Welcome to the Niimi Tourism Association’s Official Website! When people think of Niimi, they most likely think of snow, delicious Chiyagyu beef and relaxing onsen (hot spring baths) and the natural splendor of the Ikura-do and Maki-do Caves. But Niimi has a whole bunch more to offer!
Delicious food! Great sightseeing! Wonderful souvenirs!
There’s a lot for you to discover in Niimi!
Come to Niimi to experience sights and flavors that will last a lifetime!
Niimi City is home to about 30,000 people. It is located in the northwestern edge of Okayama Prefecture in the headstream area of the Takahashi River. It is contiguous with Maniwa City in the east, Takahashi City in the south, Hino County, Tottori Prefecture in the north, and Shobara City, Hiroshima Prefecture in the west.
Under the ancient political system (ritsuryo system) in place between the 7th and 12th centuries, Aga County was located on the east side of the Takahashi River and Tetta County was on the west side. Both prospered through the manufacture of tatara steel utilizing iron sands until the beginning of the Meiji Period (1868-1912).
At the end of the Heian Period (794-1192), more and more regions were included in the private manors (shoen) that were exempt from tax. Niiminosho and Nagatomiho were two of these. Many documents related to Niiminosho are housed at Toji Temple in Kyoto.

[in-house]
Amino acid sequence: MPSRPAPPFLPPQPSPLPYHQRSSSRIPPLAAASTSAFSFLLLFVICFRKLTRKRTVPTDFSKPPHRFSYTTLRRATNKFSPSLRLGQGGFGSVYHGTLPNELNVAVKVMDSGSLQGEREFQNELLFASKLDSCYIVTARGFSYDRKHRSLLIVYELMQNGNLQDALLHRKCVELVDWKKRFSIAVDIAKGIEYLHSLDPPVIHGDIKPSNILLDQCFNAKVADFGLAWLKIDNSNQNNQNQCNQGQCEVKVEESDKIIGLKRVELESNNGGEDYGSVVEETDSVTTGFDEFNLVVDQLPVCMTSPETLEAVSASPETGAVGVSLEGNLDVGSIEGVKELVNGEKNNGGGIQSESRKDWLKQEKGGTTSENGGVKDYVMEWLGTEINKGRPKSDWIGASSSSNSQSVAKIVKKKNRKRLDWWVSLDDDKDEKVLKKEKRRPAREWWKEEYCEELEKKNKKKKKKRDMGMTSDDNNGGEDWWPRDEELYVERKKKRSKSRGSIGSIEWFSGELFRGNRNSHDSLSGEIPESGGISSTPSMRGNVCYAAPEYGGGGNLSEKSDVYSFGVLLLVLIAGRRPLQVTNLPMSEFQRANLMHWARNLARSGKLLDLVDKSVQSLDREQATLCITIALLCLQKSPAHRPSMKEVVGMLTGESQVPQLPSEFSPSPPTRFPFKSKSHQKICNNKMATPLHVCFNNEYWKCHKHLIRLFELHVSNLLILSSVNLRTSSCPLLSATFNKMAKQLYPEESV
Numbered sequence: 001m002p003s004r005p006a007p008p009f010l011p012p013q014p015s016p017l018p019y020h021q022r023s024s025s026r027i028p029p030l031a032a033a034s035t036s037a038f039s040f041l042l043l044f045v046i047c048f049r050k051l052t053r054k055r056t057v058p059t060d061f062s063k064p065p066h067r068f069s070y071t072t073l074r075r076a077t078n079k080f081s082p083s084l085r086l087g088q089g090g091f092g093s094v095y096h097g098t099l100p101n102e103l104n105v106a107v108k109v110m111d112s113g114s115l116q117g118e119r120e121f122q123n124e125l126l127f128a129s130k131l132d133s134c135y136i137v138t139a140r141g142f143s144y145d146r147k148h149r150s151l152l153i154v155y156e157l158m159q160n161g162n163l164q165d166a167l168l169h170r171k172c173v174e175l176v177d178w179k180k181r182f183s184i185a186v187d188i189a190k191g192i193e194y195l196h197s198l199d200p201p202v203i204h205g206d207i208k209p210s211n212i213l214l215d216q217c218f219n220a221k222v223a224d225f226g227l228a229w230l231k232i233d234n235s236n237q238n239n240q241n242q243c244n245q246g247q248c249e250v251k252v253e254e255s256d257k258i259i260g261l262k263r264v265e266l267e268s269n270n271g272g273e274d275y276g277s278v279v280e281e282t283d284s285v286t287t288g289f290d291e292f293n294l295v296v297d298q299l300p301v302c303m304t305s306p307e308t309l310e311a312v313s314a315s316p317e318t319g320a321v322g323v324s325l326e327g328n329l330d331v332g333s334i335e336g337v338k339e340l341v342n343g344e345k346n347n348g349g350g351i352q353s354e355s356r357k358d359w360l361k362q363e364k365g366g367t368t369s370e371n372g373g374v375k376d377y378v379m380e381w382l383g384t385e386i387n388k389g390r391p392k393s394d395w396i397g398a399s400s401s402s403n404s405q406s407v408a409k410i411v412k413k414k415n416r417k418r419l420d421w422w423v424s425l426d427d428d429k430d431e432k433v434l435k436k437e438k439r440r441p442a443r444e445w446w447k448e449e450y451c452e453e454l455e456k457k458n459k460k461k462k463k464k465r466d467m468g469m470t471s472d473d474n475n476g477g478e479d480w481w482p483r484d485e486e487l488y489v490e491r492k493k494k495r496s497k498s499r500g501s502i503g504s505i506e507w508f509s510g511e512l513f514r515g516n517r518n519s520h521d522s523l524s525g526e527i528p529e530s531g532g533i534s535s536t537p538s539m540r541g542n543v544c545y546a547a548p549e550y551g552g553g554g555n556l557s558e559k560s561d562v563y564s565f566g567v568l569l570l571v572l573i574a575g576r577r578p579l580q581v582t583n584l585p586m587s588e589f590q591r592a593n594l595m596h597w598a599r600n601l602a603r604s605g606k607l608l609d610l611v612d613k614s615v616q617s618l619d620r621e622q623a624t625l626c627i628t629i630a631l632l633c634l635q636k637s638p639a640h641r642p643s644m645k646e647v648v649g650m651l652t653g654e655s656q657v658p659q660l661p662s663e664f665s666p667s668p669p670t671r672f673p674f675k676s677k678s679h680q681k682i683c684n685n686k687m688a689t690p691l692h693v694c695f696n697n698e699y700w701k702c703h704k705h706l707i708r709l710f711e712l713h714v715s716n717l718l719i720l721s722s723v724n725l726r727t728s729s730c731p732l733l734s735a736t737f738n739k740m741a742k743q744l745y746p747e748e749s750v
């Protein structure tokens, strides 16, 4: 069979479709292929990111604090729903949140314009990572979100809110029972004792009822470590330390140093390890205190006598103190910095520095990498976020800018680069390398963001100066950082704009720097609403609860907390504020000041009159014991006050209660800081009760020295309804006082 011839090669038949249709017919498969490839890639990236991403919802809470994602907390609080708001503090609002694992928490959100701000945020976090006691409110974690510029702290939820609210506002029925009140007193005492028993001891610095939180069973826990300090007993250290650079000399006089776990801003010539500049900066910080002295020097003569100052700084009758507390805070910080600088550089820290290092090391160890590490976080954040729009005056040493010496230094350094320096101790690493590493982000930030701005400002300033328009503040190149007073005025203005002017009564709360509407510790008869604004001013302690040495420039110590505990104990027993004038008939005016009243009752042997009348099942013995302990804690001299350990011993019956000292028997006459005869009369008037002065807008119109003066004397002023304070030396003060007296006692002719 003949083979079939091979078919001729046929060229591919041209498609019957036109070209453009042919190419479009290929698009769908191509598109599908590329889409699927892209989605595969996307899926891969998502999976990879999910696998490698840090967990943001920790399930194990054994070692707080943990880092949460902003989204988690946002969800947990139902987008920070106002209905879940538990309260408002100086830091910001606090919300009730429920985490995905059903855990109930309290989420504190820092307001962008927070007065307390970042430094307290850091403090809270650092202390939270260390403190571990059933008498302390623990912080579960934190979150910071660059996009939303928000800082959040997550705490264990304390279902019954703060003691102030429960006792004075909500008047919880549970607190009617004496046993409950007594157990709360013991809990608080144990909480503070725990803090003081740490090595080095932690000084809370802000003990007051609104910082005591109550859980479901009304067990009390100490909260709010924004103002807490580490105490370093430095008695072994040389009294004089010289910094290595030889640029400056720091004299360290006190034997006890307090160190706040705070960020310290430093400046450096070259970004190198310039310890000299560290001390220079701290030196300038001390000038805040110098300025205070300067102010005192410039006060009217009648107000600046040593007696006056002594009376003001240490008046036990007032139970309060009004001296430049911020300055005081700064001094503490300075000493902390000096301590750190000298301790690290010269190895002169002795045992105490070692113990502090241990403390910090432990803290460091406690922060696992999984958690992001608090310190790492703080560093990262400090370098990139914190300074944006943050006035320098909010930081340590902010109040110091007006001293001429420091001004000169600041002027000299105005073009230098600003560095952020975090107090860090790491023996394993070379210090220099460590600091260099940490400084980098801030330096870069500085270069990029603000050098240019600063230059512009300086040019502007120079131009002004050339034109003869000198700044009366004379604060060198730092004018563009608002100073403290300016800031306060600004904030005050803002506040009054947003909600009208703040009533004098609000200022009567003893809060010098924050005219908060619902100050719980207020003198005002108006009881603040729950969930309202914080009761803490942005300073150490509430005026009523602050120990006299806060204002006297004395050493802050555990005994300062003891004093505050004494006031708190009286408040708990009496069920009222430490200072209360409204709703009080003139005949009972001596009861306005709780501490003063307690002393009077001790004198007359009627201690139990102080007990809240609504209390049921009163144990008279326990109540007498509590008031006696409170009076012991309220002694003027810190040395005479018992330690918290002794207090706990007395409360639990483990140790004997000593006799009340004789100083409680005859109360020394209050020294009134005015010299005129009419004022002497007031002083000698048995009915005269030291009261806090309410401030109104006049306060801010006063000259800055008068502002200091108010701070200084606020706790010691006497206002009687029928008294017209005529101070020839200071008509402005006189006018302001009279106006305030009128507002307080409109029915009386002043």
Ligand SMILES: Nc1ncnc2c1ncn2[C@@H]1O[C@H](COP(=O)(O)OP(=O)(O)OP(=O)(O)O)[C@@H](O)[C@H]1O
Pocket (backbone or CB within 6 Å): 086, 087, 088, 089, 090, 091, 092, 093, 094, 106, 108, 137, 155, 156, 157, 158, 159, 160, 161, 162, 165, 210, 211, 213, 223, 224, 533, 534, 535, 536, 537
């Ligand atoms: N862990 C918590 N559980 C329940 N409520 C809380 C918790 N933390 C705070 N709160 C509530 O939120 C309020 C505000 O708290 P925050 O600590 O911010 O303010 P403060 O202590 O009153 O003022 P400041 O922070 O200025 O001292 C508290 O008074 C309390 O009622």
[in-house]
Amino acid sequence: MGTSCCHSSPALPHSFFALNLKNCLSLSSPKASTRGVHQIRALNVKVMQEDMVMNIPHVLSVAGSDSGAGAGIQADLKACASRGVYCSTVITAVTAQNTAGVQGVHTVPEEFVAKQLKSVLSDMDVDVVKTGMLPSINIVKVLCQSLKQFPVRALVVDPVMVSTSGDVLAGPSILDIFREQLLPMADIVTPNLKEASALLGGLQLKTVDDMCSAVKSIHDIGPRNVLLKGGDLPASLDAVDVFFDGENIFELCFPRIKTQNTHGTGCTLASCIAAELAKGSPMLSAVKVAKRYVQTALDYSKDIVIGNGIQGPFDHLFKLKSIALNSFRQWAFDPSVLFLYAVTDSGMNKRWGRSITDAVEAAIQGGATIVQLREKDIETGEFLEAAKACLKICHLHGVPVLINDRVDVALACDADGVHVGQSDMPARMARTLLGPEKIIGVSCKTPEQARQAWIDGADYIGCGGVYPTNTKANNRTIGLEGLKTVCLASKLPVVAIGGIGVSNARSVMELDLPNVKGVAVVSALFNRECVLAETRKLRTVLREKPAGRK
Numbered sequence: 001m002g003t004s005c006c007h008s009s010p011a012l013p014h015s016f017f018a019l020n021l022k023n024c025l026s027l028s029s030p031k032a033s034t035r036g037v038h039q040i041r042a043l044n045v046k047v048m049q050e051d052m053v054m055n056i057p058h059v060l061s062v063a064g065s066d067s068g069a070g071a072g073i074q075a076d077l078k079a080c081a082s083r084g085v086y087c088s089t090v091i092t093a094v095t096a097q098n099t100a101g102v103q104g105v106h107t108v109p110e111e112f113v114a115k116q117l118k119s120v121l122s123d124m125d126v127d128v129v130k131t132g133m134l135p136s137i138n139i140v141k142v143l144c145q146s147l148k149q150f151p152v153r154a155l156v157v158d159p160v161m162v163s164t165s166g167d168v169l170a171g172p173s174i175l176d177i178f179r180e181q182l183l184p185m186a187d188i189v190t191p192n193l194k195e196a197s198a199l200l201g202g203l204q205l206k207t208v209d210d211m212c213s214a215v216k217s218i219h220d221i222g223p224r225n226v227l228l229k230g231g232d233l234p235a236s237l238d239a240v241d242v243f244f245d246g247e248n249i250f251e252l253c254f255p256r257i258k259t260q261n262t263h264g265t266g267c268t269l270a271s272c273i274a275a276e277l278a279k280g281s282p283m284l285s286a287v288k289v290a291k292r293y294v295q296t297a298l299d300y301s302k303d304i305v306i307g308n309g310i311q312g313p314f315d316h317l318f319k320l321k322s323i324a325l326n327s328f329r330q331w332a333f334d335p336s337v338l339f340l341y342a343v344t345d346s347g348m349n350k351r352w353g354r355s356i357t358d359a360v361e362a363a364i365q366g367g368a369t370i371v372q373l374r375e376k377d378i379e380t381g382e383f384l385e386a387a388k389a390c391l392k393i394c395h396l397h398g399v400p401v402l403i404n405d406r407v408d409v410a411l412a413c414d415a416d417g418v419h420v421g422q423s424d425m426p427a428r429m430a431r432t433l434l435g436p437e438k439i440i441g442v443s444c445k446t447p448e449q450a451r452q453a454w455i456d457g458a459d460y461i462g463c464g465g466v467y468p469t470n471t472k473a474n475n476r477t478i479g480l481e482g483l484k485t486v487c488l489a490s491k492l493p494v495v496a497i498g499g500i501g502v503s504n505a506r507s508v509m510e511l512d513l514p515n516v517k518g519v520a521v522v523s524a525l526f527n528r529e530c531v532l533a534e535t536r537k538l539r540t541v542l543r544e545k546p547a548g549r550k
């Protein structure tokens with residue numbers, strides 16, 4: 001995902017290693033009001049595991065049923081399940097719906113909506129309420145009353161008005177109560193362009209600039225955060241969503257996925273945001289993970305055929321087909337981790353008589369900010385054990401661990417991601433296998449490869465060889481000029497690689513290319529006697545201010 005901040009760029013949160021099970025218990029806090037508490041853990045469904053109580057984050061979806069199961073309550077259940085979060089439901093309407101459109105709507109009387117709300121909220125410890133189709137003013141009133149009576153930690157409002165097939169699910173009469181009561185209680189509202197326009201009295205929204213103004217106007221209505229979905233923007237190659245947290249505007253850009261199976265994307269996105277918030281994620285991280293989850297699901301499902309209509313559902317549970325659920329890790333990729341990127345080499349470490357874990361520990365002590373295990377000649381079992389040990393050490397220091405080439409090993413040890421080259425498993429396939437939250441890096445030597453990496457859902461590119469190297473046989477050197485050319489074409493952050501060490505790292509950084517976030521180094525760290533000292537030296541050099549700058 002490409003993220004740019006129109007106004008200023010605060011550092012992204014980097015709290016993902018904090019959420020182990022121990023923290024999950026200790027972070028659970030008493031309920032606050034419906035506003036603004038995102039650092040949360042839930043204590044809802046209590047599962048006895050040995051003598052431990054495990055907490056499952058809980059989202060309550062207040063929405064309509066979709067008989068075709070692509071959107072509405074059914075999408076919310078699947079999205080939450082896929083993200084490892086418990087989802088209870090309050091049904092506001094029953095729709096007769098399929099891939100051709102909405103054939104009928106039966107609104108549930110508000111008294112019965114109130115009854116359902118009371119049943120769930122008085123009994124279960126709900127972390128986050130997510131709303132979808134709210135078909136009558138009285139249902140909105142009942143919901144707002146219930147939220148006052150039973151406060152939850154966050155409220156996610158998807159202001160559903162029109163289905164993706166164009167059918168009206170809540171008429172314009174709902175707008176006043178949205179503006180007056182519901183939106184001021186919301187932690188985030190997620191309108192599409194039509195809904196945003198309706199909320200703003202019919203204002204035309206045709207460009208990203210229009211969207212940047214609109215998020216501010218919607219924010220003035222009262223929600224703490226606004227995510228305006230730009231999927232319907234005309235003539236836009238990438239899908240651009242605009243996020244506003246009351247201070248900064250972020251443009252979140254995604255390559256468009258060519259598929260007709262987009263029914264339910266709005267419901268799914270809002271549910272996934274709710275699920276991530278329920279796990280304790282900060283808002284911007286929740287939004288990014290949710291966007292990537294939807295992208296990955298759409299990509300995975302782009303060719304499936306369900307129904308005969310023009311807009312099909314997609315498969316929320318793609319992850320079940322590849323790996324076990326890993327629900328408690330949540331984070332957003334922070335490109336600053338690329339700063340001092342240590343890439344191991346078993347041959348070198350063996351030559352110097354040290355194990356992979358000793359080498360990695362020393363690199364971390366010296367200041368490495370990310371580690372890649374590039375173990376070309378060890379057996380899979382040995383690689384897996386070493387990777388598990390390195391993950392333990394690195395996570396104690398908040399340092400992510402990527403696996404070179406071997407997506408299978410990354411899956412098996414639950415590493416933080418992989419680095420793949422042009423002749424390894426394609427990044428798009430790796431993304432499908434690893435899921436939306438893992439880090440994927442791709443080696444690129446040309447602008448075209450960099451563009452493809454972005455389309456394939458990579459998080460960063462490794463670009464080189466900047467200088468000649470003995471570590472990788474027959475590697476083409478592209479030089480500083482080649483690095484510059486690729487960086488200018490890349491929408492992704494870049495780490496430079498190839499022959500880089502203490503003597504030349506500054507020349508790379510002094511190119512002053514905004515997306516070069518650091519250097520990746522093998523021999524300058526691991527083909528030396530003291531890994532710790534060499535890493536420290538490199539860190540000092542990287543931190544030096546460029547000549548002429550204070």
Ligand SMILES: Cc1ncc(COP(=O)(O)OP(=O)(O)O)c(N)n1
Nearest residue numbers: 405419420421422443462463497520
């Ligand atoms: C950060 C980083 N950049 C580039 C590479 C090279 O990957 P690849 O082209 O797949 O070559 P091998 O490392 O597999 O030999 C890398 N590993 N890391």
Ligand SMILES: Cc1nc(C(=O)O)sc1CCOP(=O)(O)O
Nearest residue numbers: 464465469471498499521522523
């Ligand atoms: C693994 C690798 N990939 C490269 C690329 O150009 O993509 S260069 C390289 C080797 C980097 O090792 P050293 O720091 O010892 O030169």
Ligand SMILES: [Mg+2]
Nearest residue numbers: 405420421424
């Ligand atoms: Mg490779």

In the Edo Period (1603-1867), what is now the Niimi City area was separated into the Niimi Domain, which was established by the transfer of Seki Bizen-no Kami Nagaharu, the first lord, the Matsuyama Domain in Takahashi, and the shogunal demesne (tenryo) directly ruled by the Edo Shogunate.
In response to the abolition of the feudal domain system and the establishment of prefectures in 1871, the Niimi Domain became Niimi Prefecture; and the other areas were included in Kurashiki Prefecture. As a result of later changes, Niimi Prefecture merged with Okayama Prefecture in 1875. The municipality system was implemented nationwide in 1889, and Aga County (excluding Hokubo Town at that time) and Tetta County merged into Atetsu County in 1900. Through further changes, including a large merger in the Showa Period (around 1955), the area has been separated into Niimi City, Osa Town, Shingo Town, Tetta Town, and Tessei Town, which have built their own histories over 50 years.
On March 31, 2005, Niimi City, Osa Town, Shingo Town, Tetta Town, and Tessei Town were merged into a new Niimi City.